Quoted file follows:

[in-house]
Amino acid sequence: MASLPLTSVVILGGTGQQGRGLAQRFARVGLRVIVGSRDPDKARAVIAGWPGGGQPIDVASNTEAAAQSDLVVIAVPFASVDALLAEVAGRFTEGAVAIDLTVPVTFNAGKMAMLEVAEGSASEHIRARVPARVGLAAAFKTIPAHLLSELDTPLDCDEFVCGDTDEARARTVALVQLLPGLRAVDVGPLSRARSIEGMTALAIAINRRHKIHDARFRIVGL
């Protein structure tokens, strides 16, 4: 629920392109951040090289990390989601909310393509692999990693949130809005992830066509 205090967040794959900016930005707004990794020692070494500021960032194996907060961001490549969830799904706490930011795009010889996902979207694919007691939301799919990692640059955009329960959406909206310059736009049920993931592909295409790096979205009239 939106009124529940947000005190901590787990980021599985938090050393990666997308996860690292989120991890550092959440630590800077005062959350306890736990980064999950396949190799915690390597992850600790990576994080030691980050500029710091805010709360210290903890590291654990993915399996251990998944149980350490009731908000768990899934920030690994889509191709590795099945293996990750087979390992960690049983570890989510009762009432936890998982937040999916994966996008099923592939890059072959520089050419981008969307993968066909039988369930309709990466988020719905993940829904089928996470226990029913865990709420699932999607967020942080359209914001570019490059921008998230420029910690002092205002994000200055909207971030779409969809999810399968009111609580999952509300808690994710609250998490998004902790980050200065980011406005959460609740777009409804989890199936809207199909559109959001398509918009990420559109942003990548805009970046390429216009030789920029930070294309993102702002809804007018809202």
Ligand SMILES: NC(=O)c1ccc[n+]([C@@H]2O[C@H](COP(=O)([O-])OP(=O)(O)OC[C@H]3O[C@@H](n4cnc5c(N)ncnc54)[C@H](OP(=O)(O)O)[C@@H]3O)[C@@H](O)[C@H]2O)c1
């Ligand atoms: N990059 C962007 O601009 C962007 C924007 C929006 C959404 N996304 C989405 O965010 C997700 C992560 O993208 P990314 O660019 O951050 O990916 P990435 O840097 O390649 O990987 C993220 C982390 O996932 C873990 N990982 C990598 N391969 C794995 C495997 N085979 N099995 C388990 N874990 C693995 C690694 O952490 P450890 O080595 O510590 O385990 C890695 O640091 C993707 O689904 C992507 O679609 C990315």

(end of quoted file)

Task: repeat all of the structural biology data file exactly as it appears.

[in-house]
Amino acid sequence: MASLPLTSVVILGGTGQQGRGLAQRFARVGLRVIVGSRDPDKARAVIAGWPGGGQPIDVASNTEAAAQSDLVVIAVPFASVDALLAEVAGRFTEGAVAIDLTVPVTFNAGKMAMLEVAEGSASEHIRARVPARVGLAAAFKTIPAHLLSELDTPLDCDEFVCGDTDEARARTVALVQLLPGLRAVDVGPLSRARSIEGMTALAIAINRRHKIHDARFRIVGL
């Protein structure tokens, strides 16, 4: 629920392109951040090289990390989601909310393509692999990693949130809005992830066509 205090967040794959900016930005707004990794020692070494500021960032194996907060961001490549969830799904706490930011795009010889996902979207694919007691939301799919990692640059955009329960959406909206310059736009049920993931592909295409790096979205009239 939106009124529940947000005190901590787990980021599985938090050393990666997308996860690292989120991890550092959440630590800077005062959350306890736990980064999950396949190799915690390597992850600790990576994080030691980050500029710091805010709360210290903890590291654990993915399996251990998944149980350490009731908000768990899934920030690994889509191709590795099945293996990750087979390992960690049983570890989510009762009432936890998982937040999916994966996008099923592939890059072959520089050419981008969307993968066909039988369930309709990466988020719905993940829904089928996470226990029913865990709420699932999607967020942080359209914001570019490059921008998230420029910690002092205002994000200055909207971030779409969809999810399968009111609580999952509300808690994710609250998490998004902790980050200065980011406005959460609740777009409804989890199936809207199909559109959001398509918009990420559109942003990548805009970046390429216009030789920029930070294309993102702002809804007018809202």
Ligand SMILES: NC(=O)c1ccc[n+]([C@@H]2O[C@H](COP(=O)([O-])OP(=O)(O)OC[C@H]3O[C@@H](n4cnc5c(N)ncnc54)[C@H](OP(=O)(O)O)[C@@H]3O)[C@@H](O)[C@H]2O)c1
């Ligand atoms: N990059 C962007 O601009 C962007 C924007 C929006 C959404 N996304 C989405 O965010 C997700 C992560 O993208 P990314 O660019 O951050 O990916 P990435 O840097 O390649 O990987 C993220 C982390 O996932 C873990 N990982 C990598 N391969 C794995 C495997 N085979 N099995 C388990 N874990 C693995 C690694 O952490 P450890 O080595 O510590 O385990 C890695 O640091 C993707 O689904 C992507 O679609 C990315």